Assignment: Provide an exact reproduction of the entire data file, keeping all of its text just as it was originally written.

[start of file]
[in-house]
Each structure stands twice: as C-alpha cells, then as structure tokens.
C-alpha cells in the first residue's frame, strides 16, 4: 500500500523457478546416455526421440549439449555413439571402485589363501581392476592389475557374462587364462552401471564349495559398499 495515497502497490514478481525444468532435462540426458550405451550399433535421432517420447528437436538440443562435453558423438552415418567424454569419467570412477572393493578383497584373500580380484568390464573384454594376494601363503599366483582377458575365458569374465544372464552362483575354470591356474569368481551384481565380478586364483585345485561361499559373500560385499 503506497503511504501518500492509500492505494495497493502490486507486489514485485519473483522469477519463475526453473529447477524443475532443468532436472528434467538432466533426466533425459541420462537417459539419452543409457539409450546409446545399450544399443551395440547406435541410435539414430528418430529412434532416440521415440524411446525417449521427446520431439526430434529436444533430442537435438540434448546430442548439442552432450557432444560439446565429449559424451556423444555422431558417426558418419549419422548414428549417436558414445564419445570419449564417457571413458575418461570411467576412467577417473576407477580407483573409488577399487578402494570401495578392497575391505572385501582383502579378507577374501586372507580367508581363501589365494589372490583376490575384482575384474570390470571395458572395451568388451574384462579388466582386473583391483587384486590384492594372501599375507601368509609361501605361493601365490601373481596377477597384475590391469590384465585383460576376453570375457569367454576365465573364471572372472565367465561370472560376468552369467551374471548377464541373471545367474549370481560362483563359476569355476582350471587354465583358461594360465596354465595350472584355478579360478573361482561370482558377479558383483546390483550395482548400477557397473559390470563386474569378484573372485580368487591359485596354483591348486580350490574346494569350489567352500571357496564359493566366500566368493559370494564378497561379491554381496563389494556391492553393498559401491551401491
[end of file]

[in-house]
Each structure stands twice: as C-alpha cells, then as structure tokens.
C-alpha cells in the first residue's frame, strides 16, 4: 500500500523457478546416455526421440549439449555413439571402485589363501581392476592389475557374462587364462552401471564349495559398499 495515497502497490514478481525444468532435462540426458550405451550399433535421432517420447528437436538440443562435453558423438552415418567424454569419467570412477572393493578383497584373500580380484568390464573384454594376494601363503599366483582377458575365458569374465544372464552362483575354470591356474569368481551384481565380478586364483585345485561361499559373500560385499 503506497503511504501518500492509500492505494495497493502490486507486489514485485519473483522469477519463475526453473529447477524443475532443468532436472528434467538432466533426466533425459541420462537417459539419452543409457539409450546409446545399450544399443551395440547406435541410435539414430528418430529412434532416440521415440524411446525417449521427446520431439526430434529436444533430442537435438540434448546430442548439442552432450557432444560439446565429449559424451556423444555422431558417426558418419549419422548414428549417436558414445564419445570419449564417457571413458575418461570411467576412467577417473576407477580407483573409488577399487578402494570401495578392497575391505572385501582383502579378507577374501586372507580367508581363501589365494589372490583376490575384482575384474570390470571395458572395451568388451574384462579388466582386473583391483587384486590384492594372501599375507601368509609361501605361493601365490601373481596377477597384475590391469590384465585383460576376453570375457569367454576365465573364471572372472565367465561370472560376468552369467551374471548377464541373471545367474549370481560362483563359476569355476582350471587354465583358461594360465596354465595350472584355478579360478573361482561370482558377479558383483546390483550395482548400477557397473559390470563386474569378484573372485580368487591359485596354483591348486580350490574346494569350489567352500571357496564359493566366500566368493559370494564378497561379491554381496563389494556391492553393498559401491551401491